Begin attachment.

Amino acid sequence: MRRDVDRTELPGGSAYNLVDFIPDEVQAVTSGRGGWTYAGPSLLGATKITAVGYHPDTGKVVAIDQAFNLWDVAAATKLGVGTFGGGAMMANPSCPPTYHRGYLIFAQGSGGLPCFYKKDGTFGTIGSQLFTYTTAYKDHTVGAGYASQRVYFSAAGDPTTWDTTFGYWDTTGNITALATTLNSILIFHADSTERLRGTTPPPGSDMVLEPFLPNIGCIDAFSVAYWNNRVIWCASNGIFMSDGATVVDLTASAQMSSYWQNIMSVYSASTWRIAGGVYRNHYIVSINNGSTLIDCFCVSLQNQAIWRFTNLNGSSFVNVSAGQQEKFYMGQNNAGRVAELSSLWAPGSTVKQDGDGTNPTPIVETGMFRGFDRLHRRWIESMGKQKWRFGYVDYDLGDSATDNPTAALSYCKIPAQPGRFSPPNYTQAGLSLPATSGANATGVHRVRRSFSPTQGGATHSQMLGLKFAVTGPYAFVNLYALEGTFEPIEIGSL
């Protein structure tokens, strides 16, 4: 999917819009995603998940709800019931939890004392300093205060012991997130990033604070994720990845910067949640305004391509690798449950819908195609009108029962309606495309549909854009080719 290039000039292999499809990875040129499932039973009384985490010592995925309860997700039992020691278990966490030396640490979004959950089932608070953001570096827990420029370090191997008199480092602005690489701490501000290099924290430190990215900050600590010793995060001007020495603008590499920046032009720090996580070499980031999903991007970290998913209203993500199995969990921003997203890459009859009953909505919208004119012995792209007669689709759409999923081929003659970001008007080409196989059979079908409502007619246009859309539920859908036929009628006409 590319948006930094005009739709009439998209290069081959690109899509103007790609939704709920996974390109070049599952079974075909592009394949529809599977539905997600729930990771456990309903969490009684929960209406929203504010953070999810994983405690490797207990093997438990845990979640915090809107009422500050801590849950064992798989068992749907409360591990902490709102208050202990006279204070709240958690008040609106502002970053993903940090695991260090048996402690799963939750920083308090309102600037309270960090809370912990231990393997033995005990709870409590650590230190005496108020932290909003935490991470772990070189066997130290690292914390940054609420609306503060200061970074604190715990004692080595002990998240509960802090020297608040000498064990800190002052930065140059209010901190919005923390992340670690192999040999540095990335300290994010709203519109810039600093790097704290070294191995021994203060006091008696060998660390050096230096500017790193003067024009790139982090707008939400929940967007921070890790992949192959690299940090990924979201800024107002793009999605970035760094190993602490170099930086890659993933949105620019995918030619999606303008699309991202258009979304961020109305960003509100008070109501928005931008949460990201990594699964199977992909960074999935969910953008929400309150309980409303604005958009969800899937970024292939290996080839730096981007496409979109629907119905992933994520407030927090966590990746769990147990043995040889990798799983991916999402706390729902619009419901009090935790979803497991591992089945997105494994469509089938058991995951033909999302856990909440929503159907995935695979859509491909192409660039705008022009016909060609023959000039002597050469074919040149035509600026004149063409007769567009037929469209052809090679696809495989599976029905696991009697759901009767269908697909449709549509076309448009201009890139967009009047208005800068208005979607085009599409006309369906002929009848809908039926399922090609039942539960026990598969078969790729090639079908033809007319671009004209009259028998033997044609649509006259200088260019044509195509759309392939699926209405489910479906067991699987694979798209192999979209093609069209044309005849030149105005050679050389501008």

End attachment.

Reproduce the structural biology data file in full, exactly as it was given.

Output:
Amino acid sequence: MRRDVDRTELPGGSAYNLVDFIPDEVQAVTSGRGGWTYAGPSLLGATKITAVGYHPDTGKVVAIDQAFNLWDVAAATKLGVGTFGGGAMMANPSCPPTYHRGYLIFAQGSGGLPCFYKKDGTFGTIGSQLFTYTTAYKDHTVGAGYASQRVYFSAAGDPTTWDTTFGYWDTTGNITALATTLNSILIFHADSTERLRGTTPPPGSDMVLEPFLPNIGCIDAFSVAYWNNRVIWCASNGIFMSDGATVVDLTASAQMSSYWQNIMSVYSASTWRIAGGVYRNHYIVSINNGSTLIDCFCVSLQNQAIWRFTNLNGSSFVNVSAGQQEKFYMGQNNAGRVAELSSLWAPGSTVKQDGDGTNPTPIVETGMFRGFDRLHRRWIESMGKQKWRFGYVDYDLGDSATDNPTAALSYCKIPAQPGRFSPPNYTQAGLSLPATSGANATGVHRVRRSFSPTQGGATHSQMLGLKFAVTGPYAFVNLYALEGTFEPIEIGSL
């Protein structure tokens, strides 16, 4: 999917819009995603998940709800019931939890004392300093205060012991997130990033604070994720990845910067949640305004391509690798449950819908195609009108029962309606495309549909854009080719 290039000039292999499809990875040129499932039973009384985490010592995925309860997700039992020691278990966490030396640490979004959950089932608070953001570096827990420029370090191997008199480092602005690489701490501000290099924290430190990215900050600590010793995060001007020495603008590499920046032009720090996580070499980031999903991007970290998913209203993500199995969990921003997203890459009859009953909505919208004119012995792209007669689709759409999923081929003659970001008007080409196989059979079908409502007619246009859309539920859908036929009628006409 590319948006930094005009739709009439998209290069081959690109899509103007790609939704709920996974390109070049599952079974075909592009394949529809599977539905997600729930990771456990309903969490009684929960209406929203504010953070999810994983405690490797207990093997438990845990979640915090809107009422500050801590849950064992798989068992749907409360591990902490709102208050202990006279204070709240958690008040609106502002970053993903940090695991260090048996402690799963939750920083308090309102600037309270960090809370912990231990393997033995005990709870409590650590230190005496108020932290909003935490991470772990070189066997130290690292914390940054609420609306503060200061970074604190715990004692080595002990998240509960802090020297608040000498064990800190002052930065140059209010901190919005923390992340670690192999040999540095990335300290994010709203519109810039600093790097704290070294191995021994203060006091008696060998660390050096230096500017790193003067024009790139982090707008939400929940967007921070890790992949192959690299940090990924979201800024107002793009999605970035760094190993602490170099930086890659993933949105620019995918030619999606303008699309991202258009979304961020109305960003509100008070109501928005931008949460990201990594699964199977992909960074999935969910953008929400309150309980409303604005958009969800899937970024292939290996080839730096981007496409979109629907119905992933994520407030927090966590990746769990147990043995040889990798799983991916999402706390729902619009419901009090935790979803497991591992089945997105494994469509089938058991995951033909999302856990909440929503159907995935695979859509491909192409660039705008022009016909060609023959000039002597050469074919040149035509600026004149063409007769567009037929469209052809090679696809495989599976029905696991009697759901009767269908697909449709549509076309448009201009890139967009009047208005800068208005979607085009599409006309369906002929009848809908039926399922090609039942539960026990598969078969790729090639079908033809007319671009004209009259028998033997044609649509006259200088260019044509195509759309392939699926209405489910479906067991699987694979798209192999979209093609069209044309005849030149105005050679050389501008």